Lesson title: Martin's Big Words Time: 45 min. / Days: 2
Content Area: Social Studies Grade: First
1.1(A) determine the purpose(s) for listening such as to get information, to solve problems, and to enjoy and appreciate (K-3);
1.1(B) respond appropriately and courteously to directions and questions (K-3);
1.1(C) participate in rhymes, songs, conversations, and discussions (K-3);
1.1(D) listen critically to interpret and evaluate (K-3);
1.2(A) connect experiences and ideas with those of others through speaking and listening (K-3);
1.3(C) ask and answer relevant questions and make contributions in small or large group discussions (K-3);
1.4(D) retell a spoken message by summarizing or clarifying (K-3).
1.2(A) describe the origins of selected customs, holidays, and celebrations of the community, state, and nation such as Martin Luther King, Jr. Day, Independence Day, and Veterans' Day;
1.11(A) identify leaders in the community, state, and nation;
1.12(A) identify characteristics of good citizenship such as a belief in justice, truth, equality, and responsibility for the common good;
Summarizing and Note Taking
White board and markers Paper reproducibles, 1 per st Blue 9x12 construction paper, 1 per st Red 4x6 construction paper, 1 per st Glue sticks, scissors, crayons
Book: Martin's Big Words by Doreen Rappaport Sample MLK foldable Bookmarks (commercially available, such as Garfield, etc)
1. (Part 1 --In library) Tell students "We are going to participate in an activity that will re-create something that happened in real life. Not everything will be fair, but after the activity, everyone WILL be treated fairly." Pass out fancy bookmarks only to children who have light colored hair. Listen to the reactions and restate comments aloud ("Sounds like you think this isn't fair", etc). Finally, tell students they have convinced you with their words, and you agree: this WASN'T fair. (Give everybody a bookmark now.)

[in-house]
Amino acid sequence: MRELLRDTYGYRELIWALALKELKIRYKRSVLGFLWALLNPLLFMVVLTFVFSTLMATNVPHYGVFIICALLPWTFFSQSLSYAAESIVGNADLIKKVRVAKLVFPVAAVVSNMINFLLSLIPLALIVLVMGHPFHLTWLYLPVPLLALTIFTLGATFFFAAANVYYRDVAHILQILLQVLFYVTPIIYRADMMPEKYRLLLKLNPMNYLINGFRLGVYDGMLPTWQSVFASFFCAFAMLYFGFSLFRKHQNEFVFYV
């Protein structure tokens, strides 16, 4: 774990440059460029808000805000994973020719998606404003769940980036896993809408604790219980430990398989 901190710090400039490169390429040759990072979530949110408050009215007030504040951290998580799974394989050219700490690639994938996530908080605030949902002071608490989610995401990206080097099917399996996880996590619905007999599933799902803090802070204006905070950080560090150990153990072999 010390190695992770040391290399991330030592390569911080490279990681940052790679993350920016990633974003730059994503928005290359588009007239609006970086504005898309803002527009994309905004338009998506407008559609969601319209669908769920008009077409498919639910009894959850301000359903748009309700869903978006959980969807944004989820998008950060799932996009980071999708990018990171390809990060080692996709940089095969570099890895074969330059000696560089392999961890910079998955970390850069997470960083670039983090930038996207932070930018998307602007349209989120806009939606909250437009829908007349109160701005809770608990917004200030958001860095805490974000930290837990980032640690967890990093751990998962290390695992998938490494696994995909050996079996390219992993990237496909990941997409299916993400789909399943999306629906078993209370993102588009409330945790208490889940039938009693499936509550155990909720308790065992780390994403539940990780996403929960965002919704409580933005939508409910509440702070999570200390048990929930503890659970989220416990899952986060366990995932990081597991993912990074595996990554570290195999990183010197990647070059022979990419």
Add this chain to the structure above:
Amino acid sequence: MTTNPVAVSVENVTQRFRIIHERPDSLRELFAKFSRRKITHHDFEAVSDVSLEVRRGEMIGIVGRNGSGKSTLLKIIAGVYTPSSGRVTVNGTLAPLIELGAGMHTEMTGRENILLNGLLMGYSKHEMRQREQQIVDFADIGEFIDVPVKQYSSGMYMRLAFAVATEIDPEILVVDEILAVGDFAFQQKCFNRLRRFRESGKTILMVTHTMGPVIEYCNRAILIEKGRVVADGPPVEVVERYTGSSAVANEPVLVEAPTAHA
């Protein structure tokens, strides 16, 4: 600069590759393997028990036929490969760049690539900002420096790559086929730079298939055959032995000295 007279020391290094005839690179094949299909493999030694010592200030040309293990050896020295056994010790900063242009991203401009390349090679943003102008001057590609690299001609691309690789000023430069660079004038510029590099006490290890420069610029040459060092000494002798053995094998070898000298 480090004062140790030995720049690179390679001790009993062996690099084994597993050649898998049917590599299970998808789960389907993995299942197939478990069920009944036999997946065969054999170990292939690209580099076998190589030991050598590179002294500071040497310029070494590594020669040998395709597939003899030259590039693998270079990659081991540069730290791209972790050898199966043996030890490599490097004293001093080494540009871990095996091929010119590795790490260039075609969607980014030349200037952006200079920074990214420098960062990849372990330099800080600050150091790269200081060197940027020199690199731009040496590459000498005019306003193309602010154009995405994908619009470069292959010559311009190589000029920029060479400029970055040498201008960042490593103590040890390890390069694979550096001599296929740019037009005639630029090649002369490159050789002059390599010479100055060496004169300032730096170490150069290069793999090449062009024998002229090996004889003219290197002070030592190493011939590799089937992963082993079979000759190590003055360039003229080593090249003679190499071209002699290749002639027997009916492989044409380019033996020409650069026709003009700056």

2. Tell children they can be proud that they solved the problem with words, without fighting or taking someone else's bookmark. They are following the example of a great man who lived 40+ years ago, Martin Luther King. Tell children you will be sharing a book about this man and how he helped people solve the problem of unfair treatment.
3. Discuss the 2 meanings of the word "big" -- size and importance. Ask the children to listen for words that might be IMPORTANT words to MLK.
4. Read the book aloud. Stop halfway through the book; have students pair and share important words they have heard. This can be done every page or so as necessary. Make a class list on white board.
5. Show the sample Foldable on Martin's Big Words. Explain that now they will have a chance to make a Foldable to remind them of some of these important ideas.
6. Guide children in assembling Foldable (see picture).
7. (Part 2 -- in library or classroom) Have students write or draw inside each word to show what the word meant to MLK, or what the word means to them.